46. Arron Eicholz [MSFT] says:

    @Mark Turner:

    This test ( is actually incorrect per the CSS 2.1 spec. The test needs to be updated to properly account for correct implementation of all font levels 100-900 and the ‘lighter’/‘darker’ keywords.

    The spec states (section 15.6):

    "The values ‘100’ to ‘900’ form an ordered sequence, where each number indicates a weight that is at least as dark as its predecessor."

    The key here is "…at least as dark as its predecessor". This means it can be the same darkness.

    The first part of this test is testing that the mapping of the fonts is working correctly when a particular font does not support all the weights. This seems to be working correctly. Since each of the heavier weights is "at least as dark as its predecessor".

    The next part of the test is checking how the keywords ‘lighter’ or ‘darker’ function. This is where the test has a bug in it.

    Let’s discuss the ‘lighter’ keyword part of the test. The ‘darker’ keyword just works in the opposite direction.

    The test assumes that the ‘lighter’ keyword will always jump back to the ‘lighter’ rendering of the font. This visually isn’t true.

    The spec states that:

    "’lighter’ is similar, but works in the opposite direction: it selects the next lighter keyword with a different font from the inherited one, unless there is no such font, in which case it selects the next lighter numerical value (and keeps the font unchanged).".

    Since there is no different font from the inherited font then the keyword the selection part of the scenario isn’t valid and we need to use the numerical value. The numerical value is then changed to (current specified level – 100). With this new setting the font can still render just as bold as the right hand column. Note: that functionality is reversed for numbers under 400 and when the keyword ‘darker’.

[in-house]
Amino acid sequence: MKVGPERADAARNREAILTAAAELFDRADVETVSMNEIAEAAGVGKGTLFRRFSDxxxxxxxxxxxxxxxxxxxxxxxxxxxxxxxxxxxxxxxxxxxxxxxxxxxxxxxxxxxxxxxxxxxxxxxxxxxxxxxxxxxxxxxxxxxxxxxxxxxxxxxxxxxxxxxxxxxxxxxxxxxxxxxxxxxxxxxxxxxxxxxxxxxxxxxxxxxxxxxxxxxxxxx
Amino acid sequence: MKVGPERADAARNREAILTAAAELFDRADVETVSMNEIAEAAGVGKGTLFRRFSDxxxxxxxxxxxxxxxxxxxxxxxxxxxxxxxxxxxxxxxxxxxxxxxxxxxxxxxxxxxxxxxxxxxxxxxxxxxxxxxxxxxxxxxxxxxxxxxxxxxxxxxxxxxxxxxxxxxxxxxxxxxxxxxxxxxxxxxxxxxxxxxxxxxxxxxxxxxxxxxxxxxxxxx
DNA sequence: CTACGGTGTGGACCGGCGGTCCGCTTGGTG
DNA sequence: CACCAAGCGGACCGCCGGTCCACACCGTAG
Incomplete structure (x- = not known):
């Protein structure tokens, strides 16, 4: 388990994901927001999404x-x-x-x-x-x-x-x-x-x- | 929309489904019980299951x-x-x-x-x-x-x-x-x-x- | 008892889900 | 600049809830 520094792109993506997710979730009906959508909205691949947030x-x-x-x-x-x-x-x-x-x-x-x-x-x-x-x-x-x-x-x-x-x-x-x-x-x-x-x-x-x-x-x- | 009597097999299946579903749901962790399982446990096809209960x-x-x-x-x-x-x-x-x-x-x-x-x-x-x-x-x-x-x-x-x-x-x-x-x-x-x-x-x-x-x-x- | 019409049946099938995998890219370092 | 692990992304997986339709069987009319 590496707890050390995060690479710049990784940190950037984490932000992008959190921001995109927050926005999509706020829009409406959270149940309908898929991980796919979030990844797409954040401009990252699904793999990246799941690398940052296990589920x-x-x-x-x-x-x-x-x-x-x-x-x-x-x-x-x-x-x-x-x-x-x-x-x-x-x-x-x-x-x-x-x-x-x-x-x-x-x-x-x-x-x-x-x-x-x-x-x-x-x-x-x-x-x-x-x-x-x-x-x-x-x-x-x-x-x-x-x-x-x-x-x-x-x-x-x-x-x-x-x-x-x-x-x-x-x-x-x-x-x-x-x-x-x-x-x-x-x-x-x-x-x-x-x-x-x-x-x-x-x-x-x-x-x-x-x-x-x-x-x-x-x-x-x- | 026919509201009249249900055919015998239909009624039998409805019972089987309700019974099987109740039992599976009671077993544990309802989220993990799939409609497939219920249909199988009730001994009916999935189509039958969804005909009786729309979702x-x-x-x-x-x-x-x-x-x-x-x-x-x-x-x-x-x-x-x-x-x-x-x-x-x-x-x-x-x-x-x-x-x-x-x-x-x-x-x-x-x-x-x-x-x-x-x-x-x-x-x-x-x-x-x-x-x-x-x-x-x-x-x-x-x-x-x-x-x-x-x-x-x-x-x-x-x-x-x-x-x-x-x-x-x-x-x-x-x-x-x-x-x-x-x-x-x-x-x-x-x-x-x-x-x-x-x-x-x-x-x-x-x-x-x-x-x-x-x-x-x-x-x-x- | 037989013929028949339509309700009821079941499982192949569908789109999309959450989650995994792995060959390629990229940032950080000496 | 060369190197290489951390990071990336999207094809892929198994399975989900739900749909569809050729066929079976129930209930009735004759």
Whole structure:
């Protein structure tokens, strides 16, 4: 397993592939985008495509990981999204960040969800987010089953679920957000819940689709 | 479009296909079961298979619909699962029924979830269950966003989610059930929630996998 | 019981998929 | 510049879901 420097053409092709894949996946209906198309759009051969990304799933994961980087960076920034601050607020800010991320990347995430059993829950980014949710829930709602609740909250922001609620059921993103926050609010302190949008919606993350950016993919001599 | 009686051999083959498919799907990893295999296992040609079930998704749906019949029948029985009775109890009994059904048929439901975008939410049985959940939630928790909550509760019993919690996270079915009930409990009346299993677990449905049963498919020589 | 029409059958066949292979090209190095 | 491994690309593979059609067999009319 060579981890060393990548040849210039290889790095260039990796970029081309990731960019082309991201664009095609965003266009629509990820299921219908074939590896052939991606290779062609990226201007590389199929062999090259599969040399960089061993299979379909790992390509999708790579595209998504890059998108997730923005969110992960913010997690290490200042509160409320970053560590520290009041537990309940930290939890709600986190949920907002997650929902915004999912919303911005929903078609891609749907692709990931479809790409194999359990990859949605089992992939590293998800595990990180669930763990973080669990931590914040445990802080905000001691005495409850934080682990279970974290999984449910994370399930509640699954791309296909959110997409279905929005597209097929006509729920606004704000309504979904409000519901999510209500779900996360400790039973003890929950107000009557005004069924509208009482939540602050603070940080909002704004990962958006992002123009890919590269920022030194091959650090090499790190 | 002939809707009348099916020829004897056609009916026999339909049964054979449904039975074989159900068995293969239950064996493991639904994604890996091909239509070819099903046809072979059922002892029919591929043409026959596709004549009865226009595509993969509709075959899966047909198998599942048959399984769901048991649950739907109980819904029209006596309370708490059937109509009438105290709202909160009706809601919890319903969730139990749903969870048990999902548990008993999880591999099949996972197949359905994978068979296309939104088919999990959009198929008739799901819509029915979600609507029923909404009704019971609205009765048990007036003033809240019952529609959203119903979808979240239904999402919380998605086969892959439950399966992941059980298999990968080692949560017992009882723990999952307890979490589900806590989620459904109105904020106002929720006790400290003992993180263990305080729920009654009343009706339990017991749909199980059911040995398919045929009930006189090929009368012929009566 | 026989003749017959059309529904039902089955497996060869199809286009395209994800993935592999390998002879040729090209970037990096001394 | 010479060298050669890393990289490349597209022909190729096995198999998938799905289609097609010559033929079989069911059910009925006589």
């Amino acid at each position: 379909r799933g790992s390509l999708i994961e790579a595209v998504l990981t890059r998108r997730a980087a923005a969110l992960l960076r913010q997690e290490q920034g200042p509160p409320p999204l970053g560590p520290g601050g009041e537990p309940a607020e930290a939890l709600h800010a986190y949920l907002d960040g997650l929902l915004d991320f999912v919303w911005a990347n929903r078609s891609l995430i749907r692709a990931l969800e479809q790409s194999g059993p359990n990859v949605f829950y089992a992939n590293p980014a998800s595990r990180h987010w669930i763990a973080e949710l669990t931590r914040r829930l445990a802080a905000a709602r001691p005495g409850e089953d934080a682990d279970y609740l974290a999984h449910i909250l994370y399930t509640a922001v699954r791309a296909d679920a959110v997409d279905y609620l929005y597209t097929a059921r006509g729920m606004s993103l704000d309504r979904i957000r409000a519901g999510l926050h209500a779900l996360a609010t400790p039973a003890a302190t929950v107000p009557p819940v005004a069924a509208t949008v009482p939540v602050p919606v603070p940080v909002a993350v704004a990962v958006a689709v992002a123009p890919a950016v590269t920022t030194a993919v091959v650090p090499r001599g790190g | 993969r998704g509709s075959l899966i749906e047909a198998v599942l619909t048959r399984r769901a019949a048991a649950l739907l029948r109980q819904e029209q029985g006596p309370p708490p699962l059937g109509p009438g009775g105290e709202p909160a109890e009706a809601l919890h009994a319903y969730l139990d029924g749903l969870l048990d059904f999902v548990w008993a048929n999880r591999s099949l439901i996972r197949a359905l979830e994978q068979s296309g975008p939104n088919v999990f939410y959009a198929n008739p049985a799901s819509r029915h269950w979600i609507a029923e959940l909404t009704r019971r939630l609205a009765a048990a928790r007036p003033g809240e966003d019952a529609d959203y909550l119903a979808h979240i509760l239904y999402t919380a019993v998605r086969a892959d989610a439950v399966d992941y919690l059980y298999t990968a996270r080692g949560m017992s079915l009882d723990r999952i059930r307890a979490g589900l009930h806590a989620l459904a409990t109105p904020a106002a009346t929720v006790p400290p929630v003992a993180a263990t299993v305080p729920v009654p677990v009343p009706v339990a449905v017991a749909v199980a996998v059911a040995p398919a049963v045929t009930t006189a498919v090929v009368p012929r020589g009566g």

In the end this all comes down to the part in the spec that states:

    “There is no guarantee on how a UA will map font faces within a family to weight values. The only guarantee is that a face of a given value be no less dark than the faces of lighter values.”

  47. Jeffrey Gilbert says:

    First sentence is incorrect. It should read "Internet Explorer 8 represents a leap forward in support for web standards <i>for microsoft</i>." The only browser which seems to have trouble keeping pace with standards support and playing fair with standards bodies (ECMA4?) doesn’t need to be lecturing anyone on support of CSS 2.1. You know what would be awesome? Not being the slowest browser on the block with a track record of security errors, standards disobedience, and stagnating software development until mozilla made it matter. What would also be stellar is if MSIE wasn’t the only rendering engine that was unsupported on the mac or linux in even so much as an offshoot browser.

    Invest more. Hype less.

  48. @Arron Eicholz [MSFT]

    I filed the bug, then wrote twice (after 2 beta development releases) to say that the bug was still there and suddenly, someone, just came on march 14th, closed the bug as resolved. Still today, it is NOT fixed. CSS support grid/conformance results does not see a problem for IE 8 with font-size with his tests when there is at least one.

    I personally filed this one since 2005 (in channel 9 blog) and it’s still there. This one was closed as wont-fix, you see, and it’s currently not on IE Team’s radar or to-fix-list. CSS support grid/conformance results does not report any problem whatsoever for IE 8 for font-family but there is one since it must not contain unescaped parentheses. CSS support grid/conformance report gives a perfect Y for @import … but

    a) media-dependent @import rules is not supported in IE 8 (section 6.3 even provided an example)


    clearly shows IE 8 limitations

    rules="all" triggers unexpectedly border-collapse: collapse. Have you queried the CSS work group on that one?

    IMO, the most serious, severe and damaging bug which was not fixed during the beta development is bug 366200. Still today, no plan to fix that one.

    There are also accessibility bugs or UAAG bugs in IE 8 which have not been addressed.

    border-width: inherit test (bug #105) fails in IE 8.

    regards, Gérard

  49. 13- tbody {height: 150px; overflow: auto;} does not work


       Applies to:   non-replaced block-level elements, table cells, and inline-block elements